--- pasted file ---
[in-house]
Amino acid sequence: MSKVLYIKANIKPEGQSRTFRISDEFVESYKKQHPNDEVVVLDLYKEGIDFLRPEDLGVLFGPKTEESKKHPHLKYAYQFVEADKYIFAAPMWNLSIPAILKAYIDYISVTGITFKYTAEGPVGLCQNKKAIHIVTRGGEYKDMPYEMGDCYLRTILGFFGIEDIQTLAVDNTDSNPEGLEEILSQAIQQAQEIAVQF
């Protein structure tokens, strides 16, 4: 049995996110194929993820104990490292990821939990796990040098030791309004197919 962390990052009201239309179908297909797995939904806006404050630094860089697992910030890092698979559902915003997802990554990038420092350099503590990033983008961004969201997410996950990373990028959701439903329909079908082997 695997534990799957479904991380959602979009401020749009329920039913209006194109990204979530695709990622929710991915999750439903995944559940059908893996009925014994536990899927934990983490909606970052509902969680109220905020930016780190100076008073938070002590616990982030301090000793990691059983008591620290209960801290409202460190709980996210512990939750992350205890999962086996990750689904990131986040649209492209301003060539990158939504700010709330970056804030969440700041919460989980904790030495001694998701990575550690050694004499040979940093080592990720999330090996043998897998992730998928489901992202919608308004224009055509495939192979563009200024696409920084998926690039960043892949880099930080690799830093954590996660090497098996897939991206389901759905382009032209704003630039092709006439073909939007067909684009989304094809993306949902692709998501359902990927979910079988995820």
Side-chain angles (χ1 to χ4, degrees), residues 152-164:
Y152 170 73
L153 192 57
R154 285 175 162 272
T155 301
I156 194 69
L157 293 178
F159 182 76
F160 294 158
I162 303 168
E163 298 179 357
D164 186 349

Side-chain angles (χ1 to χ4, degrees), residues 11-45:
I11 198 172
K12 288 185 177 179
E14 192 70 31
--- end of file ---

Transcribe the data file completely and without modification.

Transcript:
[in-house]
Amino acid sequence: MSKVLYIKANIKPEGQSRTFRISDEFVESYKKQHPNDEVVVLDLYKEGIDFLRPEDLGVLFGPKTEESKKHPHLKYAYQFVEADKYIFAAPMWNLSIPAILKAYIDYISVTGITFKYTAEGPVGLCQNKKAIHIVTRGGEYKDMPYEMGDCYLRTILGFFGIEDIQTLAVDNTDSNPEGLEEILSQAIQQAQEIAVQF
């Protein structure tokens, strides 16, 4: 049995996110194929993820104990490292990821939990796990040098030791309004197919 962390990052009201239309179908297909797995939904806006404050630094860089697992910030890092698979559902915003997802990554990038420092350099503590990033983008961004969201997410996950990373990028959701439903329909079908082997 695997534990799957479904991380959602979009401020749009329920039913209006194109990204979530695709990622929710991915999750439903995944559940059908893996009925014994536990899927934990983490909606970052509902969680109220905020930016780190100076008073938070002590616990982030301090000793990691059983008591620290209960801290409202460190709980996210512990939750992350205890999962086996990750689904990131986040649209492209301003060539990158939504700010709330970056804030969440700041919460989980904790030495001694998701990575550690050694004499040979940093080592990720999330090996043998897998992730998928489901992202919608308004224009055509495939192979563009200024696409920084998926690039960043892949880099930080690799830093954590996660090497098996897939991206389901759905382009032209704003630039092709006439073909939007067909684009989304094809993306949902692709998501359902990927979910079988995820």
Side-chain angles (χ1 to χ4, degrees), residues 152-164:
Y152 170 73
L153 192 57
R154 285 175 162 272
T155 301
I156 194 69
L157 293 178
F159 182 76
F160 294 158
I162 303 168
E163 298 179 357
D164 186 349

Side-chain angles (χ1 to χ4, degrees), residues 11-45:
I11 198 172
K12 288 185 177 179
E14 192 70 31